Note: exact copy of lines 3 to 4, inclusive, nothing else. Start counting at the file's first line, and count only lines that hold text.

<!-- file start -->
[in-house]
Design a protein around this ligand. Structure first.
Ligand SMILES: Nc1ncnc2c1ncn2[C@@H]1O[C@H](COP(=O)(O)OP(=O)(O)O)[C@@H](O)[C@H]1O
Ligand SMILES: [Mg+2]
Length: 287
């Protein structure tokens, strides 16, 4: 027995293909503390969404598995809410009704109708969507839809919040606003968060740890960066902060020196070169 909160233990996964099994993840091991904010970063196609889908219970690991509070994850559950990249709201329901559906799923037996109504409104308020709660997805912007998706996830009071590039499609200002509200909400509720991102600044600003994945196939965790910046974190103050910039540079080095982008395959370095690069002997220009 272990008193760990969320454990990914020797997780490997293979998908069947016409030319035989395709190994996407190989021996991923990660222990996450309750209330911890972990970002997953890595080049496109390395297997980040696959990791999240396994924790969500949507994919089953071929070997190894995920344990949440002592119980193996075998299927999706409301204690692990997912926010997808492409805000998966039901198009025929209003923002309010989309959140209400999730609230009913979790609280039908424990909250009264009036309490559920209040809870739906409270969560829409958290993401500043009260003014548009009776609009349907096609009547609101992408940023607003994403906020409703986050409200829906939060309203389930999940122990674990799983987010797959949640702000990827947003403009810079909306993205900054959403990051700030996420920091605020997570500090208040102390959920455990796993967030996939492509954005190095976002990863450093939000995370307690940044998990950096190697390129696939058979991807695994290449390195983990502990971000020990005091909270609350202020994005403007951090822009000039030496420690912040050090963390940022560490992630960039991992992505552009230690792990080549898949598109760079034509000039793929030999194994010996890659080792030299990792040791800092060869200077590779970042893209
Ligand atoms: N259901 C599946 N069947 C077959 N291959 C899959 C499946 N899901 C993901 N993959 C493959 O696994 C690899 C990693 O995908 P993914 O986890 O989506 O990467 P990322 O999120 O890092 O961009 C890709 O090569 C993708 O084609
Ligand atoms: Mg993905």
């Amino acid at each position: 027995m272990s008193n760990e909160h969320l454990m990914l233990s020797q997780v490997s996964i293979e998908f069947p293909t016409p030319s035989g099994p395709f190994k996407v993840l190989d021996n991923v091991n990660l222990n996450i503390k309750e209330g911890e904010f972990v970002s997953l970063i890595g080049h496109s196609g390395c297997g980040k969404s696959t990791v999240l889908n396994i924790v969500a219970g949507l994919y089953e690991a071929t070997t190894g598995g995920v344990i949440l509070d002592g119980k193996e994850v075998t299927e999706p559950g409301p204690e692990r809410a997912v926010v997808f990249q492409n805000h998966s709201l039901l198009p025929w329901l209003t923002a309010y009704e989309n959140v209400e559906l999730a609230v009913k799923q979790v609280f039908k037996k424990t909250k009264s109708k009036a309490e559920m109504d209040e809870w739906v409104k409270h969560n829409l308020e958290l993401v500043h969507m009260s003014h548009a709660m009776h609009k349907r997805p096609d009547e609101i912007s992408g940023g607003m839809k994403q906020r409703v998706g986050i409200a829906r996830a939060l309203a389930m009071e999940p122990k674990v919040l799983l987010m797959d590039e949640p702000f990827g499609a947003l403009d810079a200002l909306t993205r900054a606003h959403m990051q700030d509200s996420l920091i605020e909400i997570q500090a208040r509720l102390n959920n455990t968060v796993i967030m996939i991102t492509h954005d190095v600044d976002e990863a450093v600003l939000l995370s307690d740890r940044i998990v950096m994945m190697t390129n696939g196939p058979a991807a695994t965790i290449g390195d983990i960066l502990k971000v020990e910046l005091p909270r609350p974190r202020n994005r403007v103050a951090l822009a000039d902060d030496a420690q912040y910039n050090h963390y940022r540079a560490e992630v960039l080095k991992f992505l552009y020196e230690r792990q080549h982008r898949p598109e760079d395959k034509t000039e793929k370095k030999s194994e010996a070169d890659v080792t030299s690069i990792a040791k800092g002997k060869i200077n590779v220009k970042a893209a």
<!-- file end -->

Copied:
Ligand SMILES: Nc1ncnc2c1ncn2[C@@H]1O[C@H](COP(=O)(O)OP(=O)(O)O)[C@@H](O)[C@H]1O
Ligand SMILES: [Mg+2]